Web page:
• Thomas Cook ran his first railway excursions from Campbell Street in 1841
  • London Road Railway Station replaced Campbell Street which was described as ‘cramped and dingy’
  • The large ‘Arrivals’ and ‘Departure’ arches on London Road were originally for horse-drawn cabs

The coming of the railways

The Midland Counties Railway Act (1836) led to the building in 1840 of Leicester’s first mainline railway station, Leicester Campbell Street, on land behind London Road. In 1844 the Midland Counties Railway Company merged with two other companies to form the Midland Railway. The line connected Leicester to Derby and Nottingham, and Rugby to the south, enabling Leicester to capitalise on its central location, and eventually providing direct access to London.

Thomas Cook and Campbell Street Station

It was from Campbell Street Station that Thomas Cook ran his first railway excursion in 1841, to a temperance (anti-alcohol) meeting in Loughborough. This event is commemorated by a statue of Thomas Cook outside this station. Excursions to Scotland, Europe and further afield soon followed, including the first round-the-world tour in 1872-73.

The columned frontage of Campbell Street Station. Leicestershire Record Office

Famous visitors to Campbell Street Station

Famous people who used Campbell Street Station included Queen Victoria and Prince Albert in 1843 on their way back from Belvoir Castle, Charles Dickens in the 1850s and 60s when he came to Leicester to give public readings of his works and “Buffalo Bill” (alias Col. W.F. Cody) who brought his “Wild West” show to Leicester in 1891.

Campbell Street Station was later replaced by London Road Station which opened in 1892. All that now remains of Campbell Street Station are two stone pillars marking the entrance to Campbell Yard on Station Street.

A new station for the “prosperous borough of Leicester”

By the late 1880s the Campbell Street station was no longer adequate for the ever-increasing volume of passenger and parcel traffic. It was described as “cramped and dingy a reproach to the large and prosperous borough of Leicester” and so a new one, with a frontage to London Road, was designed by the Midland Railway architect Charles Trubshaw.

London Road Station, 1892. Leicestershire Record Office

“One of the finest booking halls in the kingdom”

New booking and parcel offices opened in June 1892 and the entire ticket operation was transferred from Campbell Street between the arrival of the train from Scotland to London at 5.25 am and bookings for the 8.15am to Market Harborough. There was no official opening of the station, but the Mayor, Alderman Thomas Wright, was invited to attend, and was issued with the first ticket from the new booking hall which he regarded as “one of the finest in the kingdom”. The station was not fully completed until 1895.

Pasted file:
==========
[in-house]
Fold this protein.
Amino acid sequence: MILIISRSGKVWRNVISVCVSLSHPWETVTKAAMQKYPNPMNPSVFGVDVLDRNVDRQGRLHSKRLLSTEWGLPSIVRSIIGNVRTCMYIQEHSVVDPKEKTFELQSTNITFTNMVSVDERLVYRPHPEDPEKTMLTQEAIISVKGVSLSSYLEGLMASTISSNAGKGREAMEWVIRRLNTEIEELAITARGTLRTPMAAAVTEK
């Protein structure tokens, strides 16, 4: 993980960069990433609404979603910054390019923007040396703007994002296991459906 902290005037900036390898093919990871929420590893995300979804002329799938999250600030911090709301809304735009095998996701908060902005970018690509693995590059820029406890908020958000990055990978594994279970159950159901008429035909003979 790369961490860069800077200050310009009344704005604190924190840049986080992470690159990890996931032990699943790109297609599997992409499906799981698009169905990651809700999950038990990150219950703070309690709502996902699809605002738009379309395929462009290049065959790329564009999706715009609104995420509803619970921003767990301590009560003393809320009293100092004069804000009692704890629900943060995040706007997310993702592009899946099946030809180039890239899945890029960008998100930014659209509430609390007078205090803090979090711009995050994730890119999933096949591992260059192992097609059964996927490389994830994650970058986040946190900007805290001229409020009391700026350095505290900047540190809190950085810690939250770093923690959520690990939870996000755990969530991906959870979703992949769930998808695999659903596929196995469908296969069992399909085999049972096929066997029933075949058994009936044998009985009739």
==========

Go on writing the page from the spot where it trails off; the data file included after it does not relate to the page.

The station buildings

The frontage on Leicester London Road Station (now known as Leicester Railway Station) features four entrance archways; two for “Arrivals” and two for “Departures”. These dramatic arches make little sense now but originally assisted horse-drawn cab drivers when dropping passengers off to catch their trains or looking for business from passengers who had just arrived. Beneath the “Departure” lettering are “IN” and “OUT” panels, one featuring a cherub holding a globe and the other with a cherub sitting by a steam train.

Find out about visiting Leicester Rail Station.

Gallery

Roman Leicester

(47- 500) A military fort was erected, attracting traders and a growing civilian community to Leicester (known as Ratae Corieltauvorum to the Romans). The town steadily grew throughout the reign of the Romans.

Medieval Leicester

(500 – 1500) The early years of this period was one of unrest with Saxon, Danes and Norman invaders having their influences over the town. Later, of course, came Richard III and the final battle of the Wars of the Roses was fought on Leicester’s doorstep.

Tudor & Stuart Leicester

(1500 – 1700) The wool trade flourished in Leicester with one local, a former mayor named William Wigston, making his fortune. During the English Civil War a bloody battle was fought as the forces of King Charles I laid siege to the town.

Georgian Leicester

(1700 – 1837) The knitting industry had really stared to take hold and Leicester was fast becoming the main centre of hosiery manufacture in Britain. This new prosperity was reflected throughout the town with broader, paved streets lined with elegant brick buildings and genteel residences.

Edwardian Leicester

(1901 – 1910) Electric trams came to the streets of Leicester and increased literacy among the citizens led to many becoming politicised. The famous 1905 ‘March of the Unemployed to London’ left from Leicester market when 30,000 people came to witness the historic event.

Early 20th Century Leicester

(1910 – 1973) The diverse industrial base meant Leicester was able to cope with the economic challenges of the 1920s and 1930s. New light engineering businesses, such as typewriter and scientific instrument making, complemented the more traditional industries of hosiery and footwear manufacturing.

Modern Leicester

(1973 – present day) Industry was still thriving in the city during the 1970s, with the work opportunities attracting many immigrants from all over the world. While industry has declined in recent years, excellent transport links have made Leicester an attractive centre for many businesses. The City now has much to be proud of including its sporting achievements and the richness of its cultural heritage and diversity.

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